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To feel like the most boring person in the world as a SAHM?

(29 Posts)
MrsJamin Sun 16-Dec-12 06:48:11

I've met at least 7 of DH's colleagues in the past year for a meal, coffee, etc, and not once has anyone asked me any questions about me and my life. I assume this is because I am currently a SAHM.

Does this happen to anyone else or is it just me that has the most boring life in the world to people who don't have children? Or on the other hand do people not have social skills any more and are happy just to talk about themselves the whole time? It's getting me down and one of the reasons I am looking forward to working again but AIBU that it shouldn't be like this?

FelicityWasSanta Sun 16-Dec-12 06:55:28

I think the problem here is that your DH's workmates are rude.

HollyBerryBush Sun 16-Dec-12 07:01:51

When work collegues get together they talk about work - it is their common ground. You are of no interest to them because you are not in the same field of work. Once they have established that you are of no professional use to them then there is no point talking to you.

Did you not talk to their partners?

Gingerodgers Sun 16-Dec-12 07:04:29

I know people who have done really interesting things, been to great places, and have met amazing people....... Yet they continue to be really dull. Yet sahm, often don't have exciting stuff to talk about on a day to day basis, but can have witty repartee, and formed opinions which provoke lively debate. Being at home can give your confidence bait of a bashing, but it needn't stay like that.

Seabright Sun 16-Dec-12 07:05:31

Very rude on their part for not including you and very boring of them (not you) to be unable to discuss anything other than work.

SpecialAgentKat Sun 16-Dec-12 07:08:34

IS DH with you and are they by any chance male?

If you ticked yes to both you have your answer.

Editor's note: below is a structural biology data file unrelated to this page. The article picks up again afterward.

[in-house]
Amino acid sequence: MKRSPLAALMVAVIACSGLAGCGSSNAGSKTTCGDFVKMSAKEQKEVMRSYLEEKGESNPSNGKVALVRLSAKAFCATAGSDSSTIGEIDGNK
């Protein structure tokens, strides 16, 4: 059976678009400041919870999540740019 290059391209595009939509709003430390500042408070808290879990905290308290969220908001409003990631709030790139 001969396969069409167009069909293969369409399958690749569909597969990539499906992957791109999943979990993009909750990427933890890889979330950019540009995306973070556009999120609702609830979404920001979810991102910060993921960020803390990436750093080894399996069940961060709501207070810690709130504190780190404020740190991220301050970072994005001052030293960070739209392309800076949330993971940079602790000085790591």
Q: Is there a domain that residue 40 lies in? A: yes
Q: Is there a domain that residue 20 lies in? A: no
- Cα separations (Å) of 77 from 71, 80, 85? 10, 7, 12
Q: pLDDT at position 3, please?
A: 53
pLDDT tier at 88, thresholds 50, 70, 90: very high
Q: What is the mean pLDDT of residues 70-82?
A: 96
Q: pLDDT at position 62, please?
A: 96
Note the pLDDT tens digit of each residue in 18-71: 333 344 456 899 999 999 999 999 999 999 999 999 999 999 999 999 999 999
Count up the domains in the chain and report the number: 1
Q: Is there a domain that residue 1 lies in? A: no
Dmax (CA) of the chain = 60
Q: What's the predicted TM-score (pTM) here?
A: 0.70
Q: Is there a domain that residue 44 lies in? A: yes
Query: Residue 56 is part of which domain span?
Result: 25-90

YANBU.

exoticfruits Sun 16-Dec-12 07:16:29

If they are work colleagues they talk shop. If a group of SAHMs met they would be unlikely to ask about work.

HollyBerryBush Sun 16-Dec-12 07:28:08

It's also a good skill to have to be able to turn conversation to more general things so that everyone is included. This is why the British talk about the weather incessantly! It's a conversation opener.

OP - do you have those skillls to turn conversation? Do you have the prsonality to say 'Boys, work talk is boring, lets talk about something different' ? or are you quite meek and mild? Because unless you are opinionated, want to join in, then you will be overlooked.

Pagwatch Sun 16-Dec-12 07:46:47

It is pretty dull of them to only talk about work tbh.

When you go on a works do then it obviously starts with work chat/gossip because that is the commonality. But after a while I would expect it to broaden out or I would assume they were pretty fucking dull.

Have you excluded the possibility that your DH and his collegues are just crushingly dull?

Kytti Sun 16-Dec-12 07:52:33

I feel for you. I had a 'proper' job once, a career, no less! I gave it all up to be a SAHM after child no 2. I have 4 now, and I understand what you mean about being made to feel 'useless' or that what you do must have 'no value' even though we know different!

Just try to to turn the conversation to something you can all share in. What hollyberrybush said is right though, you have to try really hard at it, it's never easy, but can be done.

YANBU ;)

DeckSwabber Sun 16-Dec-12 08:38:35

Some people are just rubbish at meeting new people.

My SiL has a friend who blanks me if I am in the house when they come round. We actually have potentially loads we could talk about but she kind of glares at me if I say anything. I think she's very insecure. At NYE one year she came round when me, my boys and my mum were also there and she ignored us all, so I decided than it was definitely her and not me and stopped worrying about it.

kakapo Sun 16-Dec-12 08:39:04

Hmmm, I think it's possible that I would do this, unless they offered something that I could ask about (e.g. mentioned they are taking a language class).

This would be mostly because I don't really know what a SAHM does, and would be a bit afraid to cause offence/be seen as judgy because I'm not one.

I can see how this would be annoying though, so for future reference, what sort of things would you like to be asked? Specific things about your day to day, what you did prior to SAHM, or future plans (e.g. where you'd like to travel/work one day)?

SnakePlisskensMum Sun 16-Dec-12 08:43:17

Some people define others by the job they do and don't have the imagination to assume that you had/have a life before you had kids. One friend of a friend made no effort to talk to me when I was a SAHM mum but I can't get rid of her now I'm back at work. I'm still the same person, minus the shoulder sick!

kakapo Sun 16-Dec-12 08:47:48

I think though snake, it's not so much an imagination thing, as pretty much any question can cause offence. You only have to read some of the threads on here to see how fraught this topic is.

For example: what did you do before you had kids? Well, this implies that you think they do nothing now.

Example 2: what do you do during the day? This can be taken as you thinking they do nothing.